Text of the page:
Cervical Facet Joint Radiofrequency Denervation

Cervical Facet Joint Radiofrequency Denervation

The procedure known as cervical facet joint denervation is a long term means of blocking pain that originates from the cervical facet joints.  These joints are the ones responsible for the cervical spine (at the neck and top of spine) being able to rotate as well as bending forwards and backwards.

Often these joints can degenerate with age or with injury and can cause a great deal of pain.

Conventional and non surgical treatments include nerve blocks (blocking the nerves from sending pain signals to the brain as well as physiotherapy and painkillers.  Nerve root blocks tend to be successful, but the pain may come back.  If patients respond well to the blocks then radiofrequency denervation may be considered as a long term means of ensuring that the pain is alleviated and does not return.

Denervation; The Procedure

As the name suggests, facet joint denervation is a way of permanently stopping the pain by preventing the nerve from sending pain signals to the brain. 

The nerve is desensitised by the use of radiofrequency to render the nerve inactive.  This means that it will no longer feel anything on a permanent basis, so it is not a procedure that is done without due consideration.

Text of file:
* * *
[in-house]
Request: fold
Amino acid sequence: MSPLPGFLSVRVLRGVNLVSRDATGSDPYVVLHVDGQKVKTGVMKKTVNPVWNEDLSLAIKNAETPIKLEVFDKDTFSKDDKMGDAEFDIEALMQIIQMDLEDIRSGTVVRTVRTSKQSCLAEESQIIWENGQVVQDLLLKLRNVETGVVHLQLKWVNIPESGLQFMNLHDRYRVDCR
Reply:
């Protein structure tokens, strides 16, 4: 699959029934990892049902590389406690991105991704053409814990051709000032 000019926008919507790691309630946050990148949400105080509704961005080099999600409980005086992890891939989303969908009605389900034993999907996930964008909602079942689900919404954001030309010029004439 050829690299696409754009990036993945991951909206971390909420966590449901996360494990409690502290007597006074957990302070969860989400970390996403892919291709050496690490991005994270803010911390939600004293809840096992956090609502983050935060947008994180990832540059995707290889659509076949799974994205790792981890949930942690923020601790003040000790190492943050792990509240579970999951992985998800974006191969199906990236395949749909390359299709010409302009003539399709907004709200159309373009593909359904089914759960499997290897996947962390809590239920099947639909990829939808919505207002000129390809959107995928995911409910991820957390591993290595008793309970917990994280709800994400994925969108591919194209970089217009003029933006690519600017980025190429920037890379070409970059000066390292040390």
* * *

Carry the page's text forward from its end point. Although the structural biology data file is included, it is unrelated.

The denervation is carried out after a patient has been given a sedative and then a local anaesthetic is also administered.  A needle will then be inserted, with X-ray being used to guide the needle to where the radiofrequency needs to be administered. 

Tests will also be carried out to ensure that the needle is as close as possible to where it is needed to be.  The radiofrequency is then administered and the nerve is effectively ‘destroyed’ by the radiofrequency heating it to around 80˚C to ensure that the nerve will have a permanent lesion and thus be ineffective in transmitting pain signals.

Due to the need for the procedure to be exact and treat only the nerve or nerves that cause pain, precision is required and so great care has to be exercised to ensure that the needle is accurately positioned.

Some patients do find the procedure painful because the nerve is obviously active until the lesioning takes place.  Sedation helps overcome the pain and the radiofrequency itself lasts for only 60 to 90 seconds, although the positioning of the needle, tests etc as well as setting up the X-ray and so on does require longer, since the need for accuracy is vital.

After The Procedure

Most people are able to return home after only a few hours, so unless they live alone, there is no need for an overnight stay in hospital.  Some people also find that they experience some pain or even increased pain for one or two weeks after the denervation has taken place, but increasing the use of painkillers can usually enable patients to control this pain.  After a fortnight or so the nerve will be completely inactive and the pain will be eradicated, leaving the patient able to return to a pain free existence.

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